An E.coli outbreak at Chipotle Mexican Grill that left 55 customers ill in 2015 shattered the restaurant chain’s reputation.
At the heart of the Denver-based company’s crisis was the ever-present problem faced by companies that depend on multiple suppliers to deliver parts and ingredients: a lack of transparency and accountability across complex supply chains. Unable to monitor its suppliers in real time, Chipotle could neither prevent the contamination nor contain it in a targeted way after it was discovered.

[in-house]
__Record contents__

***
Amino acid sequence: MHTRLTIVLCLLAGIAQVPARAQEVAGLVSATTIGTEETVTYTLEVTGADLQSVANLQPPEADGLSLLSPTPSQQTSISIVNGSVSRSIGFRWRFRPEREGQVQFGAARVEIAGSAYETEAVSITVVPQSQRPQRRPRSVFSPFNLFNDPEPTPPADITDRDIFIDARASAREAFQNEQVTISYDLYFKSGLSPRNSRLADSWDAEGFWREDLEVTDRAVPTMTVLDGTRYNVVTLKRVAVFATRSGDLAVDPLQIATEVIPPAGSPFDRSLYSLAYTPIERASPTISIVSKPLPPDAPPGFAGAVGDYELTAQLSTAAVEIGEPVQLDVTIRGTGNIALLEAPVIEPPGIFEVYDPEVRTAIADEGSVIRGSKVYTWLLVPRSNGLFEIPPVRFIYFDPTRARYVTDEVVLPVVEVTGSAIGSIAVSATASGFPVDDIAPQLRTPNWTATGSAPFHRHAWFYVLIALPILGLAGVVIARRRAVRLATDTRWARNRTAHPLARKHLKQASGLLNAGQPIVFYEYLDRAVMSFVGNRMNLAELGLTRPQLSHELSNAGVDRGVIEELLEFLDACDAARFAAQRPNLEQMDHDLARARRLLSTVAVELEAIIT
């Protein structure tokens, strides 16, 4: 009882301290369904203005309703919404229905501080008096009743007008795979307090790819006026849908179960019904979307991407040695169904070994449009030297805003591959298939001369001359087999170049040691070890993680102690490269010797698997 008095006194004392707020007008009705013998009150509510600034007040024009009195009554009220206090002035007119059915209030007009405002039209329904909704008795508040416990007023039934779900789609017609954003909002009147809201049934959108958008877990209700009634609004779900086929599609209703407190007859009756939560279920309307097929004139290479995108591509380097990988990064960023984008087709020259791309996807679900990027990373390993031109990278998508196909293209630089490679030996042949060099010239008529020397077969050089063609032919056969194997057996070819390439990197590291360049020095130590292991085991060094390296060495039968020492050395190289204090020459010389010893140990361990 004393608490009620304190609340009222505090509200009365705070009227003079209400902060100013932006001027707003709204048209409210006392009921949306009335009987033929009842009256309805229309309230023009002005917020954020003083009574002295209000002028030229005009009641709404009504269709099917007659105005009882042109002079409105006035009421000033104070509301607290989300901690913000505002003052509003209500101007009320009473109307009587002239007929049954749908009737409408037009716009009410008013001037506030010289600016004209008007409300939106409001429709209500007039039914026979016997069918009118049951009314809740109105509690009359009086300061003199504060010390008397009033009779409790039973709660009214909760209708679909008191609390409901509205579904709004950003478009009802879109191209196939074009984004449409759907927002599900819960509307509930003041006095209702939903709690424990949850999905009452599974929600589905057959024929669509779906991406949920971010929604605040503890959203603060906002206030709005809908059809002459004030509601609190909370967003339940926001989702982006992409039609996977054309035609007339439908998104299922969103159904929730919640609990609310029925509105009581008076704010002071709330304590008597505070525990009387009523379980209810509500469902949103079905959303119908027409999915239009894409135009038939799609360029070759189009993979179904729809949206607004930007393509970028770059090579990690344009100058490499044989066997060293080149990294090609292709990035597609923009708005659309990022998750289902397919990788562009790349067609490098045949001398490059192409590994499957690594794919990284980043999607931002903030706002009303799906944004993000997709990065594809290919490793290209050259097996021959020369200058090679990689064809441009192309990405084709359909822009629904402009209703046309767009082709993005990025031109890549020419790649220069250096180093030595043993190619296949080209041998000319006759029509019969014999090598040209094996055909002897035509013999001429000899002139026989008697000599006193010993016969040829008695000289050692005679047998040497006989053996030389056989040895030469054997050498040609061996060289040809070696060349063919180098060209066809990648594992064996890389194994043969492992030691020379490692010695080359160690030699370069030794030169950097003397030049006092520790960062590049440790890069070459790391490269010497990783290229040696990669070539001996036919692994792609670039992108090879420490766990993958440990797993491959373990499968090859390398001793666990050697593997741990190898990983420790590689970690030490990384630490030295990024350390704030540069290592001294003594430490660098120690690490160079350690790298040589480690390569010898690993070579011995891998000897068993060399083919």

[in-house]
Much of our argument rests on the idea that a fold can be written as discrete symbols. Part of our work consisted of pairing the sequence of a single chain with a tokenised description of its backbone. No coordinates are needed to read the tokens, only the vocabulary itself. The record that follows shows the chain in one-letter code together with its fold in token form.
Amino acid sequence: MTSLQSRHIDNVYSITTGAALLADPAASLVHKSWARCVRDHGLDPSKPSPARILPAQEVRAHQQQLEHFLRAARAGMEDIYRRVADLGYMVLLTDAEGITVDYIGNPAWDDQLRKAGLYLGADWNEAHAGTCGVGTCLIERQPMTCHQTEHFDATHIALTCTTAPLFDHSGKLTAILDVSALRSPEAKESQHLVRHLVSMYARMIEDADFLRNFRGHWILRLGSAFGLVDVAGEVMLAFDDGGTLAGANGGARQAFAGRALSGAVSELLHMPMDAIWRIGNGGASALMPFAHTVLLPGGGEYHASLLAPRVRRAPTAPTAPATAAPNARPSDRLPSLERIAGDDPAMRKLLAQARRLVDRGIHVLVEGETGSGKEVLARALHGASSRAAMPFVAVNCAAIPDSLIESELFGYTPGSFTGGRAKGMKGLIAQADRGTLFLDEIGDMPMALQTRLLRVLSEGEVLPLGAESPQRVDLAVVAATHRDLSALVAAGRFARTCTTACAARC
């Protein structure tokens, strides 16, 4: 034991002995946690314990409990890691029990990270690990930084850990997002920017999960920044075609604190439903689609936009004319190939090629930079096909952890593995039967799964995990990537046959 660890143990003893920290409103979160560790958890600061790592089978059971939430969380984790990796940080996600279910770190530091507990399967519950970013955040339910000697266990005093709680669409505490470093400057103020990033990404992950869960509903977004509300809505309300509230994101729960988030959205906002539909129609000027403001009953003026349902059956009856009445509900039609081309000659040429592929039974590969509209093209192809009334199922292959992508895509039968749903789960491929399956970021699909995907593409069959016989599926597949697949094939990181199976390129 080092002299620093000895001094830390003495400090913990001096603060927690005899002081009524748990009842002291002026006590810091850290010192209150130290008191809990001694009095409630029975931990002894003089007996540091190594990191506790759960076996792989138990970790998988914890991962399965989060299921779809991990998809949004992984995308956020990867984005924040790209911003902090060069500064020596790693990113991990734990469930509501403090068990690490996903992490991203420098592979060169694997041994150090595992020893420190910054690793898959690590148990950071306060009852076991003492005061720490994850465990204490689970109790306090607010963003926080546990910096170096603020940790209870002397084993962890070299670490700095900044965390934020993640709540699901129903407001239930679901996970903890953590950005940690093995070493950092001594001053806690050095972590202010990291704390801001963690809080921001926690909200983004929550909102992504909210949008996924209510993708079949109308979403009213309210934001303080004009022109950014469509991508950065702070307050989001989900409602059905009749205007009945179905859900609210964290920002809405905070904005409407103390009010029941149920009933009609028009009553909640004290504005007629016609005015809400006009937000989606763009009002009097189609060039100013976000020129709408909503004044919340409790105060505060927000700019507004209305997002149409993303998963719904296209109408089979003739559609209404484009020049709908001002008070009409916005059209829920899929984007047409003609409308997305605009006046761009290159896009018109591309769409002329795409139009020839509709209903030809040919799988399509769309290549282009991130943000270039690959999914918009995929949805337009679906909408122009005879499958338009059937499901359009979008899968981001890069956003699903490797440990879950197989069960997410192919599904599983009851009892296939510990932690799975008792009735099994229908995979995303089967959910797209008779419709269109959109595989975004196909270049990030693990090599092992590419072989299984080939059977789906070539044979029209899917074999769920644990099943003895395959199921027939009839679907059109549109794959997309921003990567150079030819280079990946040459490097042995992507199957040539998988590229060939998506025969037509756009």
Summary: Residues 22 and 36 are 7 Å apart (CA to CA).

Now, a slew of startups and corporations are exploring a radical solution to this problem: using a blockchain to transfer title and record permissions and activity logs so as to track the flow of goods and services between businesses and across borders.
With blockchain technology, the core system that underpins bitcoin, computers of separately owned entities follow a cryptographic protocol to constantly validate updates to a commonly shared ledger. In a nutshell, this is a global system for mediating trust and selective transparency.
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